by Debra Heine
The shortage of N95 respirator masks in America today is the result of the Obama-Biden Administration’s failure to replenish the Strategic National Stockpile after the H1N1 swine flu pandemic depleted supplies, according to multiple reports.
The H1N1 influenza outbreak in 2009 led to 274,304 hospitalizations, 12,469 deaths, and a severe shortage of masks of N95 respirator masks in the United States.
According to Bloomberg News, the national stockpile—which is governed by the Health and Human Services Department—”distributed about three-quarters of its inventory and didn’t build back the supply.”
The stockpile was depleted of about 100 million masks during the swine flu epidemic, Charles Johnson, president of the International Safety Equipment Assn. told the LA Times.
Johnson’s association and a federally sponsored task force both recommended to the Obama administration that the stockpile be replenished, according to the Times.
Johnson said that advice was never heeded. “Our association is unaware of any major effort to restore the stockpile to cover that drawdown,” he said.
HHS Secretary Alex Azar revealed last month that only 12 million N95 masks were available in the stockpile, “a tiny fraction of the 3.5 billion masks one of Azar’s deputies later testified the nation’s healthcare system would need,” according to the Times.
The Trump administration authorized the Defense Department to provide 5 million N95 masks and 2,000 ventilators to help bridge the gap. The president has also asked construction companies to “donate their inventory of N95 masks to your local hospital and forgo additional orders of those industrial masks,” but thus far has resisted pressure to invoke the Defense Production Act to order private companies to ramp up production of the masks.
President Trump said Sunday that he gave the green light for Ford, General Motors and Tesla to manufacture ventilators and other items to treat COVID-19, but some state and local officials say the administration isn’t moving aggressively enough to get medical supplies delivered.
The president urged auto executives to “go for it” in the race to build ventilators and other medical supplies for intensive care units, but he said he has resisted using the Defense Production Act, a Korean War-era law that empowers the president to compel production, because it would smack of “nationalization” and is not necessary at this time.
“We have tremendous numbers of companies making equipment,” Mr. Trump said at the White House.
Also helping out is the National COVID-19 Medical Equipment Clearinghouse, aka Project N95 which has been launched to serve “the many hospitals and healthcare systems, including nursing homes, and other care facilities, in need of personal protective equipment (PPE).”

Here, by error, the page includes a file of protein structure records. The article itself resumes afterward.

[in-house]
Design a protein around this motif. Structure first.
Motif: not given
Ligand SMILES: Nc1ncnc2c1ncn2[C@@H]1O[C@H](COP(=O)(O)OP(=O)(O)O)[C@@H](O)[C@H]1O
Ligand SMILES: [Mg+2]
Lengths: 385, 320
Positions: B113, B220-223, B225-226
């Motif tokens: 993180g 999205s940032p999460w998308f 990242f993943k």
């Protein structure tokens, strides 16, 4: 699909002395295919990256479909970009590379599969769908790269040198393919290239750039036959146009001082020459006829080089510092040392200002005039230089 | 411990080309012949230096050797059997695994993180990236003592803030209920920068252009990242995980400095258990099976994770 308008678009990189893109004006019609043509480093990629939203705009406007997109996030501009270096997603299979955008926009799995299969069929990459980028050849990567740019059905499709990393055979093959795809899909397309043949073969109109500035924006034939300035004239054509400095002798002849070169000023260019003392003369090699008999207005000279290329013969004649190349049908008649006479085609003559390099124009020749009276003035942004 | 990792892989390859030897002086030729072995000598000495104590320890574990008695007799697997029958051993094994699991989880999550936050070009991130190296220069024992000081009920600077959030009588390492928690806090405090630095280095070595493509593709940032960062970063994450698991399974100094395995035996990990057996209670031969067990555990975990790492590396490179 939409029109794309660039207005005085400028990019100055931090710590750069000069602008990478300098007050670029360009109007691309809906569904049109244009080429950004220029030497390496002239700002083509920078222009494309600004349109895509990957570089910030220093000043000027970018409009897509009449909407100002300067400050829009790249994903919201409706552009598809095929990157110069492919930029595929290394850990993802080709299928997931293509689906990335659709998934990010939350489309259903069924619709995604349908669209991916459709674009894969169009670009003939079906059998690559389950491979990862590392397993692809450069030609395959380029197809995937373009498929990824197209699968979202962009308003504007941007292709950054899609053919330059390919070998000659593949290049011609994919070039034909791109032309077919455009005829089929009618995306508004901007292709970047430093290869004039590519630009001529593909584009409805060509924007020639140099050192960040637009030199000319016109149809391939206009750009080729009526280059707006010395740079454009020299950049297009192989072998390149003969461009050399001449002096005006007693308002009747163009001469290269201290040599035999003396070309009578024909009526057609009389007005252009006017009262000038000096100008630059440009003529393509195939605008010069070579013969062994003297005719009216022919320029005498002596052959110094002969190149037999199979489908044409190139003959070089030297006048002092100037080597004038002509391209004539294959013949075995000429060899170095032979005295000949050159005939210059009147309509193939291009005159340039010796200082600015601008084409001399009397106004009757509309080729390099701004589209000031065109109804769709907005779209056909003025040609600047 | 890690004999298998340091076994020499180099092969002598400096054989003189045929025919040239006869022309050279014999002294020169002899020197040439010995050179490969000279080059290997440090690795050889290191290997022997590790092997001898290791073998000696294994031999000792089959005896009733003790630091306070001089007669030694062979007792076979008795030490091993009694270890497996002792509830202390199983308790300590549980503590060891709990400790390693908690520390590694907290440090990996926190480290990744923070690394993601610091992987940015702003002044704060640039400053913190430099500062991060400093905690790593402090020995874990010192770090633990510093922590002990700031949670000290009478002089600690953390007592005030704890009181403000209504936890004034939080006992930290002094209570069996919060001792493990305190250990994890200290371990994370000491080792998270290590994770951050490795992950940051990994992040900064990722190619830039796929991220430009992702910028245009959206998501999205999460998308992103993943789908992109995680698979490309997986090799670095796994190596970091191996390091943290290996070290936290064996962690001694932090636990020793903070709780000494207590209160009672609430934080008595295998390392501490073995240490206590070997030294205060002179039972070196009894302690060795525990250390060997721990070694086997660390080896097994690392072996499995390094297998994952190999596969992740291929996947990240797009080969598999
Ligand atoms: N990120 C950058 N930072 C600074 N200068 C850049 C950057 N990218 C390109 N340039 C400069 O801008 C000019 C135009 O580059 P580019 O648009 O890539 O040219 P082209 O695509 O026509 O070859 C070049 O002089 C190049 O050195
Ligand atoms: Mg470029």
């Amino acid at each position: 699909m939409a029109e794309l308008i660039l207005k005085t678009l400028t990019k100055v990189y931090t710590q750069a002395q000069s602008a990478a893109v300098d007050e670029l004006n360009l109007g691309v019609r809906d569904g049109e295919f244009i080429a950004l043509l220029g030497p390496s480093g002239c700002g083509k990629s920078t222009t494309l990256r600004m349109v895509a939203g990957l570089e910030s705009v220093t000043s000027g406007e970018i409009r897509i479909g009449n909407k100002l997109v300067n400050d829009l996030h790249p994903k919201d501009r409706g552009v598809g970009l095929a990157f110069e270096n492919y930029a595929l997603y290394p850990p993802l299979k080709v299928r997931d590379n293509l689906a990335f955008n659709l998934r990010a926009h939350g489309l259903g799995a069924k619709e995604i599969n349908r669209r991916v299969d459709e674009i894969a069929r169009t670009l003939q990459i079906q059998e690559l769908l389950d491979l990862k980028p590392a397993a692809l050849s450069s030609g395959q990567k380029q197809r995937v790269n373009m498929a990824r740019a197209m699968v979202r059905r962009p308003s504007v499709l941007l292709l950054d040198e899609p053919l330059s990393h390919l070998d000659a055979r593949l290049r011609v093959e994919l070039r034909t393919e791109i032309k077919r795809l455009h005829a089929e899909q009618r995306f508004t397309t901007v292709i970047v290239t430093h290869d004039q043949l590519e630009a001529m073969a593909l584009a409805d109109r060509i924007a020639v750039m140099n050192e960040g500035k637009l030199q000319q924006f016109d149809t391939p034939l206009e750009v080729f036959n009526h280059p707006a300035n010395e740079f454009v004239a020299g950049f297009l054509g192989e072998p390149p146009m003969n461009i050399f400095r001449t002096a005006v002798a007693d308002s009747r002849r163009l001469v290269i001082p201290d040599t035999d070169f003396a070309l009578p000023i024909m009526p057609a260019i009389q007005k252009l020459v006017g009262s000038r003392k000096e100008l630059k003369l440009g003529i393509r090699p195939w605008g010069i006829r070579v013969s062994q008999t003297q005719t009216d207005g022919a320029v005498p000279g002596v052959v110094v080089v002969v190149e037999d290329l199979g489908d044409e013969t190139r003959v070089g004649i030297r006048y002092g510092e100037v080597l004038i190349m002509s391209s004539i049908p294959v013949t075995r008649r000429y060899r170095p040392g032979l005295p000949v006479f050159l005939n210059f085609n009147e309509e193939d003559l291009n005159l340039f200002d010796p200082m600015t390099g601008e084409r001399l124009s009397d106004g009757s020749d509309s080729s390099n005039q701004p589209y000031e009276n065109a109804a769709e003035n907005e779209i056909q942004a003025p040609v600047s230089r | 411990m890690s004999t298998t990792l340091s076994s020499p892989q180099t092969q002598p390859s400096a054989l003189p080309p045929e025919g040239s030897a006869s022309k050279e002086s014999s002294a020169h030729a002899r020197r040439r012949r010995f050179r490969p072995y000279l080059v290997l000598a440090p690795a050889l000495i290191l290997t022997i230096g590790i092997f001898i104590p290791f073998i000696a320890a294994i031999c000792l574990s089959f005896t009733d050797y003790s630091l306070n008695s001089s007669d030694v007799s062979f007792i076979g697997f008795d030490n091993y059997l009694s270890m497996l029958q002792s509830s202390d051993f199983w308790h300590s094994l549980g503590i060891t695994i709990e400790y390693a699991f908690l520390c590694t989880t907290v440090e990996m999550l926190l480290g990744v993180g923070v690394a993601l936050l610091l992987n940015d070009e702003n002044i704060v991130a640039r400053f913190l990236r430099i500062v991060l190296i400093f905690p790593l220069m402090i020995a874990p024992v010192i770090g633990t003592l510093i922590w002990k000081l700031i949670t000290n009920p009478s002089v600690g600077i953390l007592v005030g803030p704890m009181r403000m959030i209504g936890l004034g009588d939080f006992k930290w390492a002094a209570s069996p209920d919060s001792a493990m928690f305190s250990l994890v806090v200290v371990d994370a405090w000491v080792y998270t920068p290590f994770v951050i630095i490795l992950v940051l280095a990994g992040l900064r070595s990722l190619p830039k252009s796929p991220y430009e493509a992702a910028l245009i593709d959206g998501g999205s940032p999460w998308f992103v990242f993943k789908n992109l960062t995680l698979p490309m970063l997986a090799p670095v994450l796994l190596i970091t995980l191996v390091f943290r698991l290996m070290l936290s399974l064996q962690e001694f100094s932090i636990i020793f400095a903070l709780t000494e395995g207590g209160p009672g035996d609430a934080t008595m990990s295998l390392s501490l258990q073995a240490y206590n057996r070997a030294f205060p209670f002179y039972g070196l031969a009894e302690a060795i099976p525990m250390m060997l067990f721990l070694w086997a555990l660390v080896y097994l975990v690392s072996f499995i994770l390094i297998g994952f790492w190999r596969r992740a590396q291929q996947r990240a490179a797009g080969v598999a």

Rapid response teams have been coordinating with manufacturers globally with the capacity to produce. Within weeks, millions of units of personal protective equipment (PPE) should be available for distribution.
Additionally, Trump signed an executive order Monday to combat price gouging and hoarding of crucial items like masks and ventilators during the COVID-19 pandemic.
“This sends a strong message – we will not let those hoarding vital supplies & price gougers to harm the health of America in this hour of need,” White House Press Secretary Stephanie Grisham said.
President @realDonaldTrump just signed an EO to prevent hoarding & price gouging of supplies needed in our war against the #Coronavirus. This sends a strong message – we will not let those hoarding vital supplies & price gougers to harm the health of America in this hour of need. pic.twitter.com/eksxQOVKNM
— Stephanie Grisham (@PressSec) March 23, 2020
Although the Trump administration is scrambling to replenish supplies depleted during the Obama administration, FEMA Director Pete Gaynor on Sunday came under withering attack for being unable to answer questions about when resupplies would be available to health-care workers.
“FEMA head can’t give even rough number of masks going to hospitals as doctors say they don’t have enough supplies,” CNN scolded.
The Trump Campaign, meanwhile hit 2020 presidential hopeful Joe Biden’s own record of failure on public health.
“The Obama-Biden Administration failed to replenish the federal stockpile of N95 respirator masks after the swine flu pandemic, despite recommendations that it do so,” the campaign said in a press release. “The shortage America is experiencing today is a direct result of the Obama-Biden Administration’s failure to prepare the country.”
Johns Hopkins University’s coronavirus tracker reported 43,214 confirmed COVID-19 cases in the U.S. as of Monday evening.
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Debra Heine is a regular contributor to American Greatness.